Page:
# Difference Between Isentropic and Adiabatic

## Main Difference – Isentropic vs Adiabatic

Isentropic and adiabatic are two terms used to name two particular chemical processes that take place in thermodynamic systems. These processes are explained using thermodynamics. Thermodynamics is the branch of physical science that deals with the relations between heat and other forms of energy. Isentropic process is an idealized thermodynamic process. The term isentropic refers to having constant entropy. Therefore, an isentropic process occurs without changing the entropy of the system. On the other hand, adiabatic process is a thermodynamic process in which heat is not either lost or gained by the thermodynamic system. Isentropic process is a type of adiabatic process. The two terms also refer to the system where these processes take place: isentropic system and adiabatic system. The main difference between Isentropic and adiabatic is that isentropic means constant entropy whereas adiabatic means constant heat energy.

### Key Areas Covered

1. What is Isentropic
– Definition, Explanation with Thermodynamics
– Definition, Process, System
3. What are the Similarities Between Isentropic and Adiabatic
– Outline of Common Features
4. What is the Difference Between Isentropic and Adiabatic
– Comparison of Key Differences

Key Terms: Adiabatic, Energy, Entropy, Heat, Isentropic, System, Thermodynamics

## What is Isentropic

The term isentropic is used to name either a thermodynamic process or a system where an isentropic process takes place. An isentropic process is a process where entropy of the system remains constant with no irreversibility and heat transfers. This means the entropy of the thermodynamic system remains the same at the end of the process. This process is a type of adiabatic process. It can be explained as a reversible adiabatic process.

An isentropic process holds entropy, equilibrium and heat energy constant. This process is characterized by,

ΔS   =   0   or    S1  =  S2

ΔS is the change in entropy and S1, S2 are initial and final entropies of the system. Some examples of theoretical isentropic systems are pumps, turbines, gas compressors, etc.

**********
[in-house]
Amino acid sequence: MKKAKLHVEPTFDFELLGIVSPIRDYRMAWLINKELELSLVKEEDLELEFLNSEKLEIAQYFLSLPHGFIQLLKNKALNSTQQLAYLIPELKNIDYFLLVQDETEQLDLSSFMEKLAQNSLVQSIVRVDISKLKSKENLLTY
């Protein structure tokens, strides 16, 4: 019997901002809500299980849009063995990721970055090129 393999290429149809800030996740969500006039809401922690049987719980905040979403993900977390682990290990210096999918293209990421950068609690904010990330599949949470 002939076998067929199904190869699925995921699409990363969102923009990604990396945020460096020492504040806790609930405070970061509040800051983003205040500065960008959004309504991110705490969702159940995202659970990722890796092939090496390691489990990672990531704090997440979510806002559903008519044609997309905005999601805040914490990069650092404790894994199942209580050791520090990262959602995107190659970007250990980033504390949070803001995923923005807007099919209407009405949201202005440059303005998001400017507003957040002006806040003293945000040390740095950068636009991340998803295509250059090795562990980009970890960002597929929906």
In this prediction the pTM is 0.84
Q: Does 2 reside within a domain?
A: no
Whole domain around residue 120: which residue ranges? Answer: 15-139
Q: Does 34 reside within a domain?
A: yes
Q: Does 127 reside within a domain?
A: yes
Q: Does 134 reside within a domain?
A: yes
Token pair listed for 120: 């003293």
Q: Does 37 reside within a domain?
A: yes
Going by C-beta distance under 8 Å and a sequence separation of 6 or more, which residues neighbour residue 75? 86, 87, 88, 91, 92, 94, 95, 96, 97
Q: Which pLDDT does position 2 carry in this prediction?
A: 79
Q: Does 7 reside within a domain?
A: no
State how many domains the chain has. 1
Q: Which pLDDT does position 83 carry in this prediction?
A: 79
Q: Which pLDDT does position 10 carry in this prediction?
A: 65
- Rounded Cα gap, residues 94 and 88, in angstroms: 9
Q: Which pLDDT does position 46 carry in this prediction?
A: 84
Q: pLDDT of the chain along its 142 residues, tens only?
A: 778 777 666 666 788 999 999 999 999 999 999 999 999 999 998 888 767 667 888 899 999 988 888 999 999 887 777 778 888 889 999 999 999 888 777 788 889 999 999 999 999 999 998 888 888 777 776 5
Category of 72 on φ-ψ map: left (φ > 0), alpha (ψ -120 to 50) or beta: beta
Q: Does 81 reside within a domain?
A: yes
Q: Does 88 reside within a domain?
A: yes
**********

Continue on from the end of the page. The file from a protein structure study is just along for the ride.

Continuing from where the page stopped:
Figure 1: Entropy is Constant for Isentropic Systems

According to the second law of thermodynamics,

dS  =   dQ/T

dS is change in entropy, dQ is change in heat energy or the heat transfer and T is the temperature. In order to keep a constant entropy, no heat transfer occurs between the system and its surrounding (because according to above the law, increasing the energy increases the entropy) and the work done in the system should be frictionless (friction in the internal system generates entropy).

Adiabatic means constant heat energy, and it can be used to name a thermodynamic process or a system where adiabatic process is taking place. Adiabatic process is a thermodynamic process that occurs without any heat transfer between a system and its surrounding. Here, either heat or matter is not transferred into or out of the system. Therefore, in an adiabatic process, the only way energy transfers between a system and its surrounding is as work.

An adiabatic process can be maintained by quickly doing the process. For example, if we quickly compress a gas in a cylinder, there’s not enough time for the system to transfer heat energy to the environment. In adiabatic processes, the work done by the system changes the internal energy of the system.

Figure 2: Adiabatic Reversible State Change

An adiabatic system is a system that has no exchange of energy or matter with the surrounding environment. This means energy is not either lost or gained by the adiabatic system. These systems are known to be adiabatically isolated systems. According to the first law of thermodynamics,

∆U   =    Q   –   W

U is the internal energy of the system, Q is the energy that is exchanged between the system, and it’s surrounding, W is the work done by the system on its surrounding.

For an adiabatic system, Q = 0.

Then,

∆U   =   – W

If we consider a system that is composed of a mixture of gases that act as an adiabatic system when it is expanded, the value of W is positive, and the internal energy is decreased. But if the system contracts, the value of W is negative, and the internal energy is increased. This indicates that energy in an adiabatic process is transferred to its surroundings only as work. Some systems with certain chemical reactions can be approximately considered as adiabatic systems because these reactions happen rapidly, not giving it enough time to release energy outside or gain energy from outside.

## Similarities Between Isentropic and Adiabatic

• Both are thermodynamic processes.
• Isentropic is also a type of adiabatic process.

## Difference Between Isentropic and Adiabatic

### Definition

Isentropic: Isentropic means constant entropy.

### Process

Isentropic: An isentropic process is a process in which entropy of the system remains constant with no irreversibility and heat transfers.

Adiabatic: Adiabatic process is a thermodynamic process that occurs without any heat transfer between a system and its surrounding.

### Entropy

Isentropic: Entropy is constant for isentropic processes or systems.

### Constant Parameters

Isentropic: For isentropic processes or systems, entropy, equilibrium, and heat energy are constant.

### Reversibility

Isentropic: Isentropic processes are reversible.

### Conclusion

The two terms Isentropic and Adiabatic are used to name either thermodynamic processes or systems where those processes take place. The main difference between isentropic and adiabatic is that isentropic means constant entropy whereas adiabatic means constant heat energy.

##### References:

1. “Types of Thermodynamic Process”, Neutrium, Available here.